Today Emma Best wrote a guest article about wordpress HTML basics. She runs her blog laptopical.com – which has recently launched their guide to student laptops and is a source for the latest Apple laptop reviews.

Most essential HTML tips, which will make your post stand out

The WordPress content management system has two options for inputing content: the simple-view type box, and the source box. When entering content using source, you have to add your own HTML code to format the content. At first, this may seem daunting. Brackets and nonsensical tags, as well as content formatted by code, not appearance, appears a hindrance, not a help. However, after learning the essentials of HTML, you’ll be able to create meticulously formatted pages for a truly unique design, which will separate your website from others and make it standout to new visitors.

The following article details sixteen essential HTML skills every blogger should know to make their blog or website standout, look unique, and keep readers coming back.

The Basics

HTML may look complicated, but it is not. The essence of HTML are the tags: almost every tag has an ending tag, and they are all enclosed in < and > symbols. To make an HTML tag, follow this format: <b>, and to end the command, write </b>. Notice it is the same tag with a forward slash (/) added.

Formatting Text

Formatting text includes the simple things readers don’t notice unless they are absent–extra spaces, bold and italicized text, paragraphs, font color and size and face, etc.

Fonts

To format fonts, use the following commands:

<font face=”Arial” color=”red” size=”4″>

Face is where you enter the desired font. It is wise to add several different standard fonts separated by commas for those who use different browsers and systems.

Color is the color of the font. You can add HTML color code, such as #33333, or you can enter a color name, such as white, red, or blue.

Size is the size of the text. The numbers don’t represent normal point size; experiment with different numbers to get a feel for their size.

Paragraphs

To make a paragraph, add <p> before the text and </p> at the end.

Bold, Italicized, and Underline

Bold is made via <b> before the words or phrase you would like to make bold, and </b> after.

Italicized is the same as bold, replacing the ‘b’ with an ‘i’: <i> </i>

Underlined is the same as the other two using a ‘u’: <u> </u>

Spaces

To add a space in HTML, you must use the code &nbsp.

Tables

Tables are simply borders used to encase images or colors or, most often, text. They are essential for large lists, and not very complicated.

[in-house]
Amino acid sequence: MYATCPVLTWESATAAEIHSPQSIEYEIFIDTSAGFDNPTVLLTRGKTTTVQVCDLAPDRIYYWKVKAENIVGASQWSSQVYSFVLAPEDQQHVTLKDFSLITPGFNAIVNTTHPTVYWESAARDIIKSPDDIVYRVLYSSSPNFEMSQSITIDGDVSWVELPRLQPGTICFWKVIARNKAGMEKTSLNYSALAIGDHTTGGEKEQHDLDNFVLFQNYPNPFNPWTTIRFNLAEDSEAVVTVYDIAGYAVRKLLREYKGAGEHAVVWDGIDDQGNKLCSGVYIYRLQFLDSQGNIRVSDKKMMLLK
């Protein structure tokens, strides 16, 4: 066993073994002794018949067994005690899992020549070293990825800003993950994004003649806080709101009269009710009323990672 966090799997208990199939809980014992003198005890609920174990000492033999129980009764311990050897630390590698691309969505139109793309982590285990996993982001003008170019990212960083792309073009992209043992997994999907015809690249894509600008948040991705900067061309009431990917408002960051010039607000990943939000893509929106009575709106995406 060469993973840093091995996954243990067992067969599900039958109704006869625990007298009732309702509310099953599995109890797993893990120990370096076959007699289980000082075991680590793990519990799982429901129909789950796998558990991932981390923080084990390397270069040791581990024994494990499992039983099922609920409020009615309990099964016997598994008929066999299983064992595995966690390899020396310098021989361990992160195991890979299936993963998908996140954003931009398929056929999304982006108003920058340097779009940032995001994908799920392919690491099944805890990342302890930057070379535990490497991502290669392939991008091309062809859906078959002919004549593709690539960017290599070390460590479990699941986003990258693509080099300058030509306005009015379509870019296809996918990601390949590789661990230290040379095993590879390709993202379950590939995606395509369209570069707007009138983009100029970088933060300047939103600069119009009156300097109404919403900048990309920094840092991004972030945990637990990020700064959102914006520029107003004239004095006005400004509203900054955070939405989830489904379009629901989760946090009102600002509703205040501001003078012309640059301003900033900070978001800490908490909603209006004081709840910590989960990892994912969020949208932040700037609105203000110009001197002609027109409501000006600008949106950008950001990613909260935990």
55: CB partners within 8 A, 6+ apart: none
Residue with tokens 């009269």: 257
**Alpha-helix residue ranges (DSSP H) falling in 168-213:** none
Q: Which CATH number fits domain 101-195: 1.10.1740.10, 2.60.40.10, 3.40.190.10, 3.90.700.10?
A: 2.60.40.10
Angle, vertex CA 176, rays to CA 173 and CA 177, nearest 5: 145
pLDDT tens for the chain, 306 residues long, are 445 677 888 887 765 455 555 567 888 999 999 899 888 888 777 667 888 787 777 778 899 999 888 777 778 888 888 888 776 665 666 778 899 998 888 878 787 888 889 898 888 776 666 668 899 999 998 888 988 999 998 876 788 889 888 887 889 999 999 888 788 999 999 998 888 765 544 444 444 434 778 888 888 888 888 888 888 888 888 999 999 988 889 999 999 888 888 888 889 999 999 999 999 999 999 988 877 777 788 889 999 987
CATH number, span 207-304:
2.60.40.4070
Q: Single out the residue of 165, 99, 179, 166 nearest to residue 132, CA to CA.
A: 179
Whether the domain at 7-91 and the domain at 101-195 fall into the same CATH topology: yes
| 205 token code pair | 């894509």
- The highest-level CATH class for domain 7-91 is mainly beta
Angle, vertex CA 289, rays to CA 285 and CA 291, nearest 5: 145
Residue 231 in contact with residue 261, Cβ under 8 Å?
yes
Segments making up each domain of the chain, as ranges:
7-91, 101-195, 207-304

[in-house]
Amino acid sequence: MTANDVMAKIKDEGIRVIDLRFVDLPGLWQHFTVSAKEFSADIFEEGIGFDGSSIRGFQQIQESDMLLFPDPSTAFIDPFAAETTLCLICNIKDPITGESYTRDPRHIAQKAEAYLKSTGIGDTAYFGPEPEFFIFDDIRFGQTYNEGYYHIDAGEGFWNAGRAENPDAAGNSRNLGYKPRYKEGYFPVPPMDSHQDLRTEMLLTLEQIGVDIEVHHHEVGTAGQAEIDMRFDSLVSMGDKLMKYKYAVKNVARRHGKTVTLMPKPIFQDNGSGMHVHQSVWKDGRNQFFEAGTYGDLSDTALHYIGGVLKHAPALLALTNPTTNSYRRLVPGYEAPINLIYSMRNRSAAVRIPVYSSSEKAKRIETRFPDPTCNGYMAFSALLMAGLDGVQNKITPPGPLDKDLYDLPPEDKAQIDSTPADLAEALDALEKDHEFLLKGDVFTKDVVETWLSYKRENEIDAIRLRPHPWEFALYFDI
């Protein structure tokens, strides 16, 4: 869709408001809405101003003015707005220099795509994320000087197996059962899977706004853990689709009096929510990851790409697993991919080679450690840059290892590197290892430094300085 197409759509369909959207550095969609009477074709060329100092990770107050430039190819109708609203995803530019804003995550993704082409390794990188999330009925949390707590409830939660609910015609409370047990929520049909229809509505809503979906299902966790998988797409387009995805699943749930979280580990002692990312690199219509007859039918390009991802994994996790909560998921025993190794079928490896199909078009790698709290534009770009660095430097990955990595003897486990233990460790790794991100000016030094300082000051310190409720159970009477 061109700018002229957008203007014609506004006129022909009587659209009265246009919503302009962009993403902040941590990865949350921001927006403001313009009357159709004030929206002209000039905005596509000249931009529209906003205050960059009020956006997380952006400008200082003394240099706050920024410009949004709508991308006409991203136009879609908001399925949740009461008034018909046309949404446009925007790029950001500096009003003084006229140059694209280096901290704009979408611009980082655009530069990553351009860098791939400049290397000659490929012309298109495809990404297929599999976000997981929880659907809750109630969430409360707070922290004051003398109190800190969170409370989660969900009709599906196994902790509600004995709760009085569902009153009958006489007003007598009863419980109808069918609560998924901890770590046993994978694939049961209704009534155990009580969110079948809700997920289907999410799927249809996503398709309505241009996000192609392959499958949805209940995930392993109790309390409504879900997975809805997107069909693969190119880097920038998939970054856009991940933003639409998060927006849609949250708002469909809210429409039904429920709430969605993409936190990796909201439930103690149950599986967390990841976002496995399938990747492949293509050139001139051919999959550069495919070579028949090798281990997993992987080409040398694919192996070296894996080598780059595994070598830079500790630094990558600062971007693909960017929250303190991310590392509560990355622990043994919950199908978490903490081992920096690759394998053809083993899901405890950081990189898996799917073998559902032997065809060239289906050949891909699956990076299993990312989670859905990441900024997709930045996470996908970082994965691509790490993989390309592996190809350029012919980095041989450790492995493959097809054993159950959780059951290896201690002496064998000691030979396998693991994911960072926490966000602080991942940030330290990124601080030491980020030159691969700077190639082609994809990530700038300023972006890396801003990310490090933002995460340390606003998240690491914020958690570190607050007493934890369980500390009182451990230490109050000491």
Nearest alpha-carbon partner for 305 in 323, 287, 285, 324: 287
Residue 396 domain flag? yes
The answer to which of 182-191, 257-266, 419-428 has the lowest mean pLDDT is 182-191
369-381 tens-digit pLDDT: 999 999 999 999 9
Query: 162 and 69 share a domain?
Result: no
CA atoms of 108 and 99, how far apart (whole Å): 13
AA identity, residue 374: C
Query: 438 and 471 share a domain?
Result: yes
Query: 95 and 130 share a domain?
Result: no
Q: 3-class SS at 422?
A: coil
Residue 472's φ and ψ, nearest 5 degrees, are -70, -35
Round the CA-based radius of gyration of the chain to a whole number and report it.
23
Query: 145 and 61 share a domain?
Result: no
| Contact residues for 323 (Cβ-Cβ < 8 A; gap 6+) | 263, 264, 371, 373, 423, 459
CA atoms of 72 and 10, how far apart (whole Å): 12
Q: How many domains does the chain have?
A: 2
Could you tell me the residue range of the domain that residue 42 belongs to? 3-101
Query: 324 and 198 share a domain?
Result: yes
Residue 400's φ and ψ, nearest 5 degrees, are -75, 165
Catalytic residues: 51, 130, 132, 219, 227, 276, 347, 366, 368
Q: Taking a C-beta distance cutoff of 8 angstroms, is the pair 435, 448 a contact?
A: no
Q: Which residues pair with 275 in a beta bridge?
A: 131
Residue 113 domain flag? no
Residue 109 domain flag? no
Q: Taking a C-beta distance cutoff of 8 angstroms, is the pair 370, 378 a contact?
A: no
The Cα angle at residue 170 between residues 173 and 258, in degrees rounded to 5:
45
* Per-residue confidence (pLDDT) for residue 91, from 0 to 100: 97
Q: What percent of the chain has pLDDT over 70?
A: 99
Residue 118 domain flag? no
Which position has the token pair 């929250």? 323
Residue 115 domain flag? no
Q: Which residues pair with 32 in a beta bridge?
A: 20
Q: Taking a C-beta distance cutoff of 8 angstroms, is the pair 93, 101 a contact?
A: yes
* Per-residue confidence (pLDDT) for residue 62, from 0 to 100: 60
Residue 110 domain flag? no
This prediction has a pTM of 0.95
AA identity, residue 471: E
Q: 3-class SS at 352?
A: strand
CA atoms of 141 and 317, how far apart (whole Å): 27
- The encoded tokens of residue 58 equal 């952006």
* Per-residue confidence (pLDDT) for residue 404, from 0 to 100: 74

To make a table, start with this basic piece of code:

<table>
<tr>
<td>Text inside table here</td>
<td>More text in another column here</td>
</tr>
</table>

The code is fairly simple to decipher.

Table is obviously the start of the table.

TR is the column in the table. It is the vertical sections.

TD is the row that stretches horizontally.

You can add as many columns and rows as necessary for your needs by adding additions tags; make sure the TD tags are inside that TR tags, and that each is ended before a new one is started.

Tables can have extra formatting added by adding color=”X” and border=”X” inside the table or column or row tags.

Images

Images are an essential part of any blog. They can add character and feel to a page, and make it easier to understand the text. Images are one of the few exceptions in HTML: they don’t require an end tag.

To insert an image, use: <img src=”file path/image.jpg” alt=”Text” height=”xx” width=”xx”>

IMG SRC  means “image source”, and indicates the location of the photo you would like to insert.

ALT  is alternative text to be displayed in the event that a browser can’t display an image. Most individuals enter descriptive text of the image.

Height  and width are obvious; enter the pixel dimensions you would like for each photo.

Sounds

Adding audio to a web page is generally frowned upon; however, there are times when it is necessary or acceptable.

Automatic Background Music

I highly recommend against having music play automatically. However, if you really want it to, add:

<bgsound src=”file path/sound.wav” loop=infinite>
<embed src=”file path/sound.wav” autostart=”true” hidden=”true” loop=”true”>

You should only use MIDI or WAV files, as they are the most commonly supported. Try to keep the file size as low as possible to avoid long delays in loading. If you don’t want the audio to loop, then change loop=”infinite” to loop=”0″ and loop=”true” to loop=”false”.

Download Audio Links

If you want your visitors to be able to right-click on a link and save the audio to their hard drive, simply add a hyperlink to the audio:

<a href=”file path/sound.wav”> Text you want the visitor to right-click on </a>

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